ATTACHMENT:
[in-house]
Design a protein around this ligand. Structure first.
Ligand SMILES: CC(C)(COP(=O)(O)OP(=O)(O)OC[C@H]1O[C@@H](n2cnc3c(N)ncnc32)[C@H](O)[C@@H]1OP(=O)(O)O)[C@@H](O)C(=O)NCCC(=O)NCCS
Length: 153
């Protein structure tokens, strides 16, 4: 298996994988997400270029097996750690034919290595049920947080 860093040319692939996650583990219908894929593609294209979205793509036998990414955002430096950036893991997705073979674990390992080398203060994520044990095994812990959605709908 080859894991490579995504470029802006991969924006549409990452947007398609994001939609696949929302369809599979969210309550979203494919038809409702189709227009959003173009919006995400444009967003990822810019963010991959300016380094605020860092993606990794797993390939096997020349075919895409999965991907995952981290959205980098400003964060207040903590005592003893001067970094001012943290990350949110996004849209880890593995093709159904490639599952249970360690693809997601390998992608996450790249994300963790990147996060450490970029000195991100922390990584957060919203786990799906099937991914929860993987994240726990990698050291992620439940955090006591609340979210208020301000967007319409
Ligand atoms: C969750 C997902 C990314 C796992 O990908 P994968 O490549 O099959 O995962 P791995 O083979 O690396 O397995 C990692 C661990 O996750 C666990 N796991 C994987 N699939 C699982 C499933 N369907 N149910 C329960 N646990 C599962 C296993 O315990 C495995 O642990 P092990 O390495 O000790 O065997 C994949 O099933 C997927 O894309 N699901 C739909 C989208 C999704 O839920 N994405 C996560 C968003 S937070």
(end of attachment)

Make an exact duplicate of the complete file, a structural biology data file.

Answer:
[in-house]
Design a protein around this ligand. Structure first.
Ligand SMILES: CC(C)(COP(=O)(O)OP(=O)(O)OC[C@H]1O[C@@H](n2cnc3c(N)ncnc32)[C@H](O)[C@@H]1OP(=O)(O)O)[C@@H](O)C(=O)NCCC(=O)NCCS
Length: 153
């Protein structure tokens, strides 16, 4: 298996994988997400270029097996750690034919290595049920947080 860093040319692939996650583990219908894929593609294209979205793509036998990414955002430096950036893991997705073979674990390992080398203060994520044990095994812990959605709908 080859894991490579995504470029802006991969924006549409990452947007398609994001939609696949929302369809599979969210309550979203494919038809409702189709227009959003173009919006995400444009967003990822810019963010991959300016380094605020860092993606990794797993390939096997020349075919895409999965991907995952981290959205980098400003964060207040903590005592003893001067970094001012943290990350949110996004849209880890593995093709159904490639599952249970360690693809997601390998992608996450790249994300963790990147996060450490970029000195991100922390990584957060919203786990799906099937991914929860993987994240726990990698050291992620439940955090006591609340979210208020301000967007319409
Ligand atoms: C969750 C997902 C990314 C796992 O990908 P994968 O490549 O099959 O995962 P791995 O083979 O690396 O397995 C990692 C661990 O996750 C666990 N796991 C994987 N699939 C699982 C499933 N369907 N149910 C329960 N646990 C599962 C296993 O315990 C495995 O642990 P092990 O390495 O000790 O065997 C994949 O099933 C997927 O894309 N699901 C739909 C989208 C999704 O839920 N994405 C996560 C968003 S937070």